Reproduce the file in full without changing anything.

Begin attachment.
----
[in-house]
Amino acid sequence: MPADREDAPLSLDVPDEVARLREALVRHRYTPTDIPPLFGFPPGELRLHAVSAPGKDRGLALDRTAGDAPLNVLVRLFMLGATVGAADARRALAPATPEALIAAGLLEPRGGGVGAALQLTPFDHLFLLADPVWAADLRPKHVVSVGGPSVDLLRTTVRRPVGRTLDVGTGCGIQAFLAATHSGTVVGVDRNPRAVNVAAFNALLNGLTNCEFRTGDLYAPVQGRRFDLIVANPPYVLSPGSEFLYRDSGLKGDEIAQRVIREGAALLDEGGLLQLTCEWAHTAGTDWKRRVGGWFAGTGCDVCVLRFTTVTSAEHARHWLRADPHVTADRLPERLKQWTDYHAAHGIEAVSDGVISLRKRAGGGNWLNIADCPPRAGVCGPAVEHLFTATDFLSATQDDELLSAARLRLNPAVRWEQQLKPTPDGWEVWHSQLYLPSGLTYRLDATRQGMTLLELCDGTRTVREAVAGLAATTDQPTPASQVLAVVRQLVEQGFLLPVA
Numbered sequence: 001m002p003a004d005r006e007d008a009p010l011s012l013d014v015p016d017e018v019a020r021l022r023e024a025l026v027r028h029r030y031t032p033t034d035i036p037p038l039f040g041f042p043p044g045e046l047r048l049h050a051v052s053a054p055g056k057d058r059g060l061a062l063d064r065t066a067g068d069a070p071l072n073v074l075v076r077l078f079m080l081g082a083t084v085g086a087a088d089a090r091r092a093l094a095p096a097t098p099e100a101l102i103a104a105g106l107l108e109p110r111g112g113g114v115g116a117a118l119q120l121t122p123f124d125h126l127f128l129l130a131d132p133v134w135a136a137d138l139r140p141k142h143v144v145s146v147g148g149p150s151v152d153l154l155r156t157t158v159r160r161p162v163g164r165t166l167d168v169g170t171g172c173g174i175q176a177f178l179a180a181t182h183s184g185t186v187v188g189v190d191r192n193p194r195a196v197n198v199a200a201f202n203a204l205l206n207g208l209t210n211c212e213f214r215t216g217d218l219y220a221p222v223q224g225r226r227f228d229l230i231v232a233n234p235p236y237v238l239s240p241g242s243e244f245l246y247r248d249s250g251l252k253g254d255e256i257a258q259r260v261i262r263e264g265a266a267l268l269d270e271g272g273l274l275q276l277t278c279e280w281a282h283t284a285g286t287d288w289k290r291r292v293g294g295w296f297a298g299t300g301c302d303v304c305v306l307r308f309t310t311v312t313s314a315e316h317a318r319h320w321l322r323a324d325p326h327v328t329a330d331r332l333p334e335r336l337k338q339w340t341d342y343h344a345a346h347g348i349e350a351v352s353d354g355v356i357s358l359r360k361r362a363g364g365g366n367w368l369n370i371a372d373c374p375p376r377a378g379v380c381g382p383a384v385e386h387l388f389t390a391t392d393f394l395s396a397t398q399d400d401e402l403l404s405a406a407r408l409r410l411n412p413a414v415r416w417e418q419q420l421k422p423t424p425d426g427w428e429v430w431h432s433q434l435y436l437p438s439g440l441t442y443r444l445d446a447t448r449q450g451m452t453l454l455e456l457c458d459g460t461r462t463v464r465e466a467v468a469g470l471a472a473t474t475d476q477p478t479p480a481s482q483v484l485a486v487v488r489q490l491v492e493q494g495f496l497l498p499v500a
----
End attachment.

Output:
[in-house]
Amino acid sequence: MPADREDAPLSLDVPDEVARLREALVRHRYTPTDIPPLFGFPPGELRLHAVSAPGKDRGLALDRTAGDAPLNVLVRLFMLGATVGAADARRALAPATPEALIAAGLLEPRGGGVGAALQLTPFDHLFLLADPVWAADLRPKHVVSVGGPSVDLLRTTVRRPVGRTLDVGTGCGIQAFLAATHSGTVVGVDRNPRAVNVAAFNALLNGLTNCEFRTGDLYAPVQGRRFDLIVANPPYVLSPGSEFLYRDSGLKGDEIAQRVIREGAALLDEGGLLQLTCEWAHTAGTDWKRRVGGWFAGTGCDVCVLRFTTVTSAEHARHWLRADPHVTADRLPERLKQWTDYHAAHGIEAVSDGVISLRKRAGGGNWLNIADCPPRAGVCGPAVEHLFTATDFLSATQDDELLSAARLRLNPAVRWEQQLKPTPDGWEVWHSQLYLPSGLTYRLDATRQGMTLLELCDGTRTVREAVAGLAATTDQPTPASQVLAVVRQLVEQGFLLPVA
Numbered sequence: 001m002p003a004d005r006e007d008a009p010l011s012l013d014v015p016d017e018v019a020r021l022r023e024a025l026v027r028h029r030y031t032p033t034d035i036p037p038l039f040g041f042p043p044g045e046l047r048l049h050a051v052s053a054p055g056k057d058r059g060l061a062l063d064r065t066a067g068d069a070p071l072n073v074l075v076r077l078f079m080l081g082a083t084v085g086a087a088d089a090r091r092a093l094a095p096a097t098p099e100a101l102i103a104a105g106l107l108e109p110r111g112g113g114v115g116a117a118l119q120l121t122p123f124d125h126l127f128l129l130a131d132p133v134w135a136a137d138l139r140p141k142h143v144v145s146v147g148g149p150s151v152d153l154l155r156t157t158v159r160r161p162v163g164r165t166l167d168v169g170t171g172c173g174i175q176a177f178l179a180a181t182h183s184g185t186v187v188g189v190d191r192n193p194r195a196v197n198v199a200a201f202n203a204l205l206n207g208l209t210n211c212e213f214r215t216g217d218l219y220a221p222v223q224g225r226r227f228d229l230i231v232a233n234p235p236y237v238l239s240p241g242s243e244f245l246y247r248d249s250g251l252k253g254d255e256i257a258q259r260v261i262r263e264g265a266a267l268l269d270e271g272g273l274l275q276l277t278c279e280w281a282h283t284a285g286t287d288w289k290r291r292v293g294g295w296f297a298g299t300g301c302d303v304c305v306l307r308f309t310t311v312t313s314a315e316h317a318r319h320w321l322r323a324d325p326h327v328t329a330d331r332l333p334e335r336l337k338q339w340t341d342y343h344a345a346h347g348i349e350a351v352s353d354g355v356i357s358l359r360k361r362a363g364g365g366n367w368l369n370i371a372d373c374p375p376r377a378g379v380c381g382p383a384v385e386h387l388f389t390a391t392d393f394l395s396a397t398q399d400d401e402l403l404s405a406a407r408l409r410l411n412p413a414v415r416w417e418q419q420l421k422p423t424p425d426g427w428e429v430w431h432s433q434l435y436l437p438s439g440l441t442y443r444l445d446a447t448r449q450g451m452t453l454l455e456l457c458d459g460t461r462t463v464r465e466a467v468a469g470l471a472a473t474t475d476q477p478t479p480a481s482q483v484l485a486v487v488r489q490l491v492e493q494g495f496l497l498p499v500a